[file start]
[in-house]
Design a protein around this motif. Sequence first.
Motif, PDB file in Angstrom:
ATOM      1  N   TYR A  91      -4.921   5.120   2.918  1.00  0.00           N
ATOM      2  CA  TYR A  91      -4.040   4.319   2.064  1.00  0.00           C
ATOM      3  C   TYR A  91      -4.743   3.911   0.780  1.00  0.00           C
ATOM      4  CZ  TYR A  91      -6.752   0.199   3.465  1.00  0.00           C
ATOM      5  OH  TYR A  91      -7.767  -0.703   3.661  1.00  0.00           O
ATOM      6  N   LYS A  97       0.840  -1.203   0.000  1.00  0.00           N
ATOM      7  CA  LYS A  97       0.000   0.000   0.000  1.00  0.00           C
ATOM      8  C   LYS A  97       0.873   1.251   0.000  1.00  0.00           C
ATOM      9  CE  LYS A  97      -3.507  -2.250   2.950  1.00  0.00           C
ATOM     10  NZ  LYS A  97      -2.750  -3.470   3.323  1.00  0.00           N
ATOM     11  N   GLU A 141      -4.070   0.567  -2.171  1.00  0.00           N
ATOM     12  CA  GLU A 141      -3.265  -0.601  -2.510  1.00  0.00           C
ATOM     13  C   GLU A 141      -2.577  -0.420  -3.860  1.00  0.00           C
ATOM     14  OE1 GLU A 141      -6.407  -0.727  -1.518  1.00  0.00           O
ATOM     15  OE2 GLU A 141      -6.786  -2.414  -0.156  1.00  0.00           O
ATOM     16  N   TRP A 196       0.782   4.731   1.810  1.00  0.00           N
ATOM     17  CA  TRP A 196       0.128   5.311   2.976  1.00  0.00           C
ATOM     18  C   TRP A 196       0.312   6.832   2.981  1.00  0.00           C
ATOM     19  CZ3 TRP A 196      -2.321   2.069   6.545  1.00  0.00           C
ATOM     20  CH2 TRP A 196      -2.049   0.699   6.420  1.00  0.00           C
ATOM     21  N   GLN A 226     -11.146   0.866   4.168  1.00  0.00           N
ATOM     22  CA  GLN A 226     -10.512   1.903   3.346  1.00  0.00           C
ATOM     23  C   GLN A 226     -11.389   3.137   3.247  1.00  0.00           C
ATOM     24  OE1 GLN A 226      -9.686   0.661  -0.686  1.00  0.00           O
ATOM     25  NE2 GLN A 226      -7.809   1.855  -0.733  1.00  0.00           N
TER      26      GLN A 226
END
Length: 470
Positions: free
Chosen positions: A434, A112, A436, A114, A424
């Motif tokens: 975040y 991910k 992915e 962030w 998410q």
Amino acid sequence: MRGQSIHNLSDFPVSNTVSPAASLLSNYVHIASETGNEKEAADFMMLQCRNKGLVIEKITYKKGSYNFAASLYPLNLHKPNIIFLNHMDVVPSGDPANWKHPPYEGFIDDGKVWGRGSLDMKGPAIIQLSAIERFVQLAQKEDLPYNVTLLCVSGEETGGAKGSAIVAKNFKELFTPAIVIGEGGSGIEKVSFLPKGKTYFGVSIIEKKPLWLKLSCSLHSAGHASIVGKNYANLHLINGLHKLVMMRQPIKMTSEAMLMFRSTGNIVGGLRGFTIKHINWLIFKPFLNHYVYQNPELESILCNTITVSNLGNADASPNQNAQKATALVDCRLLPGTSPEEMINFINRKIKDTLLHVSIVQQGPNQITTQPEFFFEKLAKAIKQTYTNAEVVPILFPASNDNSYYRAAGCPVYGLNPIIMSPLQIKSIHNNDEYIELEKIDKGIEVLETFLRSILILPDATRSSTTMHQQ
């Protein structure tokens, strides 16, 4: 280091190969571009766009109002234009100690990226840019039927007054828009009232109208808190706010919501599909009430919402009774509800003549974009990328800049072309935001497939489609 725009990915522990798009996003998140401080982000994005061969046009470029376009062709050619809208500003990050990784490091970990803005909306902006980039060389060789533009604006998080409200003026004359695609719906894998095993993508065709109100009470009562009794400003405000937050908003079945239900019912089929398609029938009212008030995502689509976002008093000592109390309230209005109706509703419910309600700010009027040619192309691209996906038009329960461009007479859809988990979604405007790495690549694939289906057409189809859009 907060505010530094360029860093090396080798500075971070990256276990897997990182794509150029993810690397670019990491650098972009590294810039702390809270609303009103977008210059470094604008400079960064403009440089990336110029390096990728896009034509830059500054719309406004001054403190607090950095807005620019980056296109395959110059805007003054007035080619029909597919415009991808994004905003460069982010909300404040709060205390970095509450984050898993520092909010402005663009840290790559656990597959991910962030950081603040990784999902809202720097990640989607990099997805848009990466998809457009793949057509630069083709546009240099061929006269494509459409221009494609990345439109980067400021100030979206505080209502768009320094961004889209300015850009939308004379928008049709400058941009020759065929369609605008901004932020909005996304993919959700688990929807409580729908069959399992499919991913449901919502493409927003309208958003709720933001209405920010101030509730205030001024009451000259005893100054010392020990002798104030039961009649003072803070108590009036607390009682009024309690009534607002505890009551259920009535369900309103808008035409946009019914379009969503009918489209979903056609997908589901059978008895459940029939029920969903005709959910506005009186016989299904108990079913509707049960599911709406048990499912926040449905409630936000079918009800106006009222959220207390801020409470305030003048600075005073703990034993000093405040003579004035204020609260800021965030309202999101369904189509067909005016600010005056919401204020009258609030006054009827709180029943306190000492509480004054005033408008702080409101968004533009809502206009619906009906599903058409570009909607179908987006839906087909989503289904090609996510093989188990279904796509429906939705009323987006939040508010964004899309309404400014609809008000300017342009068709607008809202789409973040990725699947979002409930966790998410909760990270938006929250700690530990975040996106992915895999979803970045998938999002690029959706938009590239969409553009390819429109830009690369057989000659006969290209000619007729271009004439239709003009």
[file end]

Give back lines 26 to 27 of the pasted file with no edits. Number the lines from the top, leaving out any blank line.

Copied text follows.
ATOM     23  C   GLN A 226     -11.389   3.137   3.247  1.00  0.00           C
ATOM     24  OE1 GLN A 226      -9.686   0.661  -0.686  1.00  0.00           O